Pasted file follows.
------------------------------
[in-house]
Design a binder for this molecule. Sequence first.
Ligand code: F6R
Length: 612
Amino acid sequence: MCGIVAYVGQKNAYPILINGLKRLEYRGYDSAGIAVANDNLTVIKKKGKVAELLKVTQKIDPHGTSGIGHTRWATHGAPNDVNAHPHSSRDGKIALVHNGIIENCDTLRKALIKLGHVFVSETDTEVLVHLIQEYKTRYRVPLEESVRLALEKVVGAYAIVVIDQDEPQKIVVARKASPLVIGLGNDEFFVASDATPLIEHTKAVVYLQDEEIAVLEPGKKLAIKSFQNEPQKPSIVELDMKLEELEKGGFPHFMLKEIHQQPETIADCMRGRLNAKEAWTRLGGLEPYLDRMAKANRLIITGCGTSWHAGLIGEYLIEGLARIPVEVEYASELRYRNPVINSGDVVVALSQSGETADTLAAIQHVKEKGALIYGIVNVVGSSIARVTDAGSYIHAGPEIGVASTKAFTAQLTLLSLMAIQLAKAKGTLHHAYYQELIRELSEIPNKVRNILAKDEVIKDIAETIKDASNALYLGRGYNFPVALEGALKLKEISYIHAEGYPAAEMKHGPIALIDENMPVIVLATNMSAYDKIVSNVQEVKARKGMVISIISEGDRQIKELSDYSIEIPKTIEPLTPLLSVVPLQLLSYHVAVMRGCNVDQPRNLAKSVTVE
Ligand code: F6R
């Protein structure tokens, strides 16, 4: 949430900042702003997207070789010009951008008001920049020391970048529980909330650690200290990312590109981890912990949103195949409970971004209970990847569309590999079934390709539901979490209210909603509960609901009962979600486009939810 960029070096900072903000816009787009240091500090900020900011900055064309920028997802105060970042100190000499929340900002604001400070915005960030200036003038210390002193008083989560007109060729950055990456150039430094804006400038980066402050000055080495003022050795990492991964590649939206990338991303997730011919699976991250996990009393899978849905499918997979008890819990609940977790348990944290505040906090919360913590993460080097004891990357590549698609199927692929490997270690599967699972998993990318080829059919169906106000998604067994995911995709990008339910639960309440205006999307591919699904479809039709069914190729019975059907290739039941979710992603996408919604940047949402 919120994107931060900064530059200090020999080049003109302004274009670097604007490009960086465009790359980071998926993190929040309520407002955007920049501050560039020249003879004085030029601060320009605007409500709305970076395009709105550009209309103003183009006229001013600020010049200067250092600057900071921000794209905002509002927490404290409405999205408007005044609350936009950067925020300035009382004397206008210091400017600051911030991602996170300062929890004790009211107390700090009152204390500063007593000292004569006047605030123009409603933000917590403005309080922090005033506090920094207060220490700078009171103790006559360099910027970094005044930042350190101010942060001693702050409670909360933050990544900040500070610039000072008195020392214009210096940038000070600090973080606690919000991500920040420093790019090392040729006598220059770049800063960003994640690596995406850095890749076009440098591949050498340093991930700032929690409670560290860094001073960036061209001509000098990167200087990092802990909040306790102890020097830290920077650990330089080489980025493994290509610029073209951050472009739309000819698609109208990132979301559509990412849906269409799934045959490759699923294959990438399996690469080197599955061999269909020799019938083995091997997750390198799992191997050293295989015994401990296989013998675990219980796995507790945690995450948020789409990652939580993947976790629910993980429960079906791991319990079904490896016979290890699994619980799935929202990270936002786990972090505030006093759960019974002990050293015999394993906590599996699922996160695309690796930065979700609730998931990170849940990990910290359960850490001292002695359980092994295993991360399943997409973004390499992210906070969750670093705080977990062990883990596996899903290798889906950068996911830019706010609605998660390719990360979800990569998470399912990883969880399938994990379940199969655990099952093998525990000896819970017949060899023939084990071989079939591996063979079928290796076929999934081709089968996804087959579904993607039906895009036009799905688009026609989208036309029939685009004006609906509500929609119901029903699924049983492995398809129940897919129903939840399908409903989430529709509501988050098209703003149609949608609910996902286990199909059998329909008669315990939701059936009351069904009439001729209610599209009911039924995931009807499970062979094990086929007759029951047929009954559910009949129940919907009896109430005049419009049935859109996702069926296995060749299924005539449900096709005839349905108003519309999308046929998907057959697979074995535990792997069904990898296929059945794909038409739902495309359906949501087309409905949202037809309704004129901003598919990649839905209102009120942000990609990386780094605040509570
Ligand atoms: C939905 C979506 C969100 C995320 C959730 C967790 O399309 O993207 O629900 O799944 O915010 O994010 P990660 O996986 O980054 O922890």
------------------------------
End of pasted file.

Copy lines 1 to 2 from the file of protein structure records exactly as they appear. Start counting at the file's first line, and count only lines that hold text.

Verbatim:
[in-house]
Design a binder for this molecule. Sequence first.